Please use this identifier to cite or link to this item: http://hdl.handle.net/10397/34290
Title: Identification of atmospheric volatile organic compounds (VOCs), polycyclic aromatic hydrocarbons (PAHs) and carbonyl compounds in Hong Kong
Authors: Ho, KF
Lee, SC 
Keywords: Volatile organic compounds (VOCs)
Polycyclic aromatic hydrocarbons (PAHs)
Carbonyl compounds
Hong Kong
Correlation
Roadside air monitoring station
Issue Date: 2002
Publisher: Elsevier
Source: Science of the total environment, 2002, v. 289, no. 1-3, p. 145-158 How to cite?
Journal: Science of the total environment 
Abstract: Volatile organic compounds (VOCs), polycyclic aromatic hydrocarbons (PAHs) and carbonyl compounds are the major organic pollutants in the atmosphere. Emissions from motor vehicles have been one of the primary pollution sources in the metropolitan area of Hong Kong. A 12-month monitoring program for VOCs, PAHs and carbonyl compounds was performed at a roadside urban station at Hong Kong Polytechnic University (HKPU) in order to determine the correlations of each selected pollutant. The monitoring program ran from 16 April 1999 to 10 April 2000 for a period of 1 year, and a 2-week winter intensive sampling was carried out during January 2000. Traditionally, emission sources are identified from organic compounds in air particulates. Since many of the gaseous and particulate phases of organic compounds are from the same sources, correlations between the major exhausts are to be expected. Therefore, it would be more effective to apportion the sources using the combined gaseous and particulate phases of organic compounds. Correlations of selected pollutants within two other toxic air pollutants (TAPs) monitoring stations in Tsuen Wan (TW) and Central/Western (CW) were analyzed. Good correlations were found between pollutants that came from vehicle exhaust, especially in intensive sampling periods at HKPU roadside station. This was because the washing out effect for particulates during rainy days and photochemical degradation during high solar radiation were minimized in wintertime.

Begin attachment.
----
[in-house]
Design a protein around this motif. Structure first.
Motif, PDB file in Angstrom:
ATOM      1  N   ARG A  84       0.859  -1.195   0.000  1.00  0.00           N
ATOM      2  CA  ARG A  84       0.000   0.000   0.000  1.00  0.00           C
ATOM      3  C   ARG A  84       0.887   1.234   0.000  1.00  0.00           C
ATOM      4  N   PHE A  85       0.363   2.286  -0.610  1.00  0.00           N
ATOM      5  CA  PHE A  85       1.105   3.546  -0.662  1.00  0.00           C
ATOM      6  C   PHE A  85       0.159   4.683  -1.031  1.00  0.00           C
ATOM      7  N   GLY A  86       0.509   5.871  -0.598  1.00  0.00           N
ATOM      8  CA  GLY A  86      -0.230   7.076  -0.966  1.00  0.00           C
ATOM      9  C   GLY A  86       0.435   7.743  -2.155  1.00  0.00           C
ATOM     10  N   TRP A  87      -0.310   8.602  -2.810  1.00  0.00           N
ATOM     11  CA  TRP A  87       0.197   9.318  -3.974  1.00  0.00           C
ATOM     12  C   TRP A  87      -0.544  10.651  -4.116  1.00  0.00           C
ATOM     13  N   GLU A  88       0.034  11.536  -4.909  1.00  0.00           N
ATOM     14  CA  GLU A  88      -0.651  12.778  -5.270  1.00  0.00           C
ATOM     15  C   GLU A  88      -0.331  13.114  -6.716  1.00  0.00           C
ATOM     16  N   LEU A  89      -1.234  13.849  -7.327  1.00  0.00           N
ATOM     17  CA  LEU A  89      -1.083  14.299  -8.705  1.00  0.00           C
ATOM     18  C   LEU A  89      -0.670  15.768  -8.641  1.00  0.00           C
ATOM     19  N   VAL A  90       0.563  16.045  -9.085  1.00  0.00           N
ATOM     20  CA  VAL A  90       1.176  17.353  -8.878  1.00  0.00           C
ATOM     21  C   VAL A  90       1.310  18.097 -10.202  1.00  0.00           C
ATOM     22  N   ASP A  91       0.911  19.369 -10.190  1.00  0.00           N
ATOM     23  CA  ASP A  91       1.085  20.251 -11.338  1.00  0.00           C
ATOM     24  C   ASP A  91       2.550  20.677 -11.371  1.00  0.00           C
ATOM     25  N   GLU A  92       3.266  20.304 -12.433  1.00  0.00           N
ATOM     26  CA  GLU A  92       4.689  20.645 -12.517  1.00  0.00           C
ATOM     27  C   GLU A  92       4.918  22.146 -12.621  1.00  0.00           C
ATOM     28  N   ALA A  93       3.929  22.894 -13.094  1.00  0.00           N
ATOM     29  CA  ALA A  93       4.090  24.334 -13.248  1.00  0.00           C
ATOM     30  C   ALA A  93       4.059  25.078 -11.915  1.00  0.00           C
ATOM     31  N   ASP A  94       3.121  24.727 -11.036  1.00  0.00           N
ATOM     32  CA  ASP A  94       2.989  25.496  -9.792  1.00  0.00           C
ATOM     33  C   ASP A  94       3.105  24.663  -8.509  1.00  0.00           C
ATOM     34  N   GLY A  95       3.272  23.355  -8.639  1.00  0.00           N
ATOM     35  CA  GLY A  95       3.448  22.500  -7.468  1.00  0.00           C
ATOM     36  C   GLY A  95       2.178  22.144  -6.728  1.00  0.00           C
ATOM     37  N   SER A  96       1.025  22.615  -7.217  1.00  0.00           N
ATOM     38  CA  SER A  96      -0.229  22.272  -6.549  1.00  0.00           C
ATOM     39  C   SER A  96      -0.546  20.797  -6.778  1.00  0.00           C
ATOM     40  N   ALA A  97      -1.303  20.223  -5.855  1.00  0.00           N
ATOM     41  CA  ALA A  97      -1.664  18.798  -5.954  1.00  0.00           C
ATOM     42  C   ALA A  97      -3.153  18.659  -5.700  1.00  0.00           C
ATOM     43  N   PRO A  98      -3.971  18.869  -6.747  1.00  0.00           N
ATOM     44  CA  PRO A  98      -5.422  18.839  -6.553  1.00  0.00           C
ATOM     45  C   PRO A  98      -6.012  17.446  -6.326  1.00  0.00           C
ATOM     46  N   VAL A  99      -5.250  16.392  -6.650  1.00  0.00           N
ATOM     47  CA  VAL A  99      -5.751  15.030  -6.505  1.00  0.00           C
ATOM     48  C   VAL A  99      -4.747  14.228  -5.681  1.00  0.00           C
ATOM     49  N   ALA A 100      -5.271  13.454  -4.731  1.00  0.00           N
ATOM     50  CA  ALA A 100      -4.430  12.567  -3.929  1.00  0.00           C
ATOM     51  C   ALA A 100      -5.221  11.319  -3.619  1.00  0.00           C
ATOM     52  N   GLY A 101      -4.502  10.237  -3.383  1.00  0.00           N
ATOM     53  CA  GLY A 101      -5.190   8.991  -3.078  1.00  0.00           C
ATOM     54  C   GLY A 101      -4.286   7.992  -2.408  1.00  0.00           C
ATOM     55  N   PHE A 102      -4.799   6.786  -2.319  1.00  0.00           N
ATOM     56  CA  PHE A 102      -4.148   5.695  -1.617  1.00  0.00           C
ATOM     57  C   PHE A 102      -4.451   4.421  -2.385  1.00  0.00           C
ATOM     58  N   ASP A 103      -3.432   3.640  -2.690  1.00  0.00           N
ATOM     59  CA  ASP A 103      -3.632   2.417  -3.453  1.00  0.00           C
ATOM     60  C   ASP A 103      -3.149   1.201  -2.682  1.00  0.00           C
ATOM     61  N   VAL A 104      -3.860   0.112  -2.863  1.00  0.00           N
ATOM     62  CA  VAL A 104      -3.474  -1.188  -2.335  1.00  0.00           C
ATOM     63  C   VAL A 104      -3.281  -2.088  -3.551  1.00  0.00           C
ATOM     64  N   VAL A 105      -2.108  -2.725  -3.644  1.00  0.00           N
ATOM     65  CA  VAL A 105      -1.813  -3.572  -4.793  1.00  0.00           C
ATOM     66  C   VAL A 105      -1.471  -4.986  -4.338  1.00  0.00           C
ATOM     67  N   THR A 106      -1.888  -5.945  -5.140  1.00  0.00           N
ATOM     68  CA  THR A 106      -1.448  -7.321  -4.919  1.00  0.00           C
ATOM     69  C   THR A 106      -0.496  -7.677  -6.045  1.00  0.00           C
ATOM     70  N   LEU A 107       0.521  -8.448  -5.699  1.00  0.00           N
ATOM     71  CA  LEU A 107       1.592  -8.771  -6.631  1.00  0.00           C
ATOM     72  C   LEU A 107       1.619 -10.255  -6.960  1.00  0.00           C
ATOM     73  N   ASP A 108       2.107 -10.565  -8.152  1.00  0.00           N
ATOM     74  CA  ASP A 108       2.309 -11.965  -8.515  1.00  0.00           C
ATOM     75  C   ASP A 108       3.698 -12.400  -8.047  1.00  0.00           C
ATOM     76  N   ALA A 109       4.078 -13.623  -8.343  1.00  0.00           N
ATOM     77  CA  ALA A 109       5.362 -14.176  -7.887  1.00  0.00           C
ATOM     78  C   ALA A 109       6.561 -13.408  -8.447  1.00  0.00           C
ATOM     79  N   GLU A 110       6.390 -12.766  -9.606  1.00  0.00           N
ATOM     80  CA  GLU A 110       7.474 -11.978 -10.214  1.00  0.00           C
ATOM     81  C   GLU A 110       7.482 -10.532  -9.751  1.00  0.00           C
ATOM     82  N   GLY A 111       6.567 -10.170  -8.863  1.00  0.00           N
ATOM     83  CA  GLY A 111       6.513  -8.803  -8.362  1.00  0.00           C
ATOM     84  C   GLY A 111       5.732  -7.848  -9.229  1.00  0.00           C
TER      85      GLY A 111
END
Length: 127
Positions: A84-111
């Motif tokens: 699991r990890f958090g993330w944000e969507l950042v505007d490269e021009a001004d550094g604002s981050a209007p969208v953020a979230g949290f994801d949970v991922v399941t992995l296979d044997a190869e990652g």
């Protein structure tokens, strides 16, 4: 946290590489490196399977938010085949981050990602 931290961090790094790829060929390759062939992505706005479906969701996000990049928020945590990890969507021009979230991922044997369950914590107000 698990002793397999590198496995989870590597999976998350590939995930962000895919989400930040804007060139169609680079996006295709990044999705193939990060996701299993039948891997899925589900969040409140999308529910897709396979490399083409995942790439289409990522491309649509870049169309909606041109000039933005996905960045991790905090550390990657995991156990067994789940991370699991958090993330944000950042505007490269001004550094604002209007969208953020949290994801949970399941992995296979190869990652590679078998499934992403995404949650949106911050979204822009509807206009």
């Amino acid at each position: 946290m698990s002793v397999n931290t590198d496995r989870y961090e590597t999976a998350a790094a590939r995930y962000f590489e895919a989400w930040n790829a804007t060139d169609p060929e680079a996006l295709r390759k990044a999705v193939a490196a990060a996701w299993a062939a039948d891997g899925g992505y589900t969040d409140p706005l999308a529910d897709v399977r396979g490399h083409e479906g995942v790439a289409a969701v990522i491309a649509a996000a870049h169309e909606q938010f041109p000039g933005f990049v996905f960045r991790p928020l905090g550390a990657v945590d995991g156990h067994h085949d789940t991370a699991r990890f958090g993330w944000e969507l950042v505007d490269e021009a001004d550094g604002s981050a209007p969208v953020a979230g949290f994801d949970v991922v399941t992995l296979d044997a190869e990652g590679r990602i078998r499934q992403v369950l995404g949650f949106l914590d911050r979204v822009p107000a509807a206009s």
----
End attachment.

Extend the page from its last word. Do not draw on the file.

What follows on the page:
URI: http://hdl.handle.net/10397/34290
ISSN: 0048-9697
EISSN: 1879-1026
DOI: 10.1016/S0048-9697(01)01031-2
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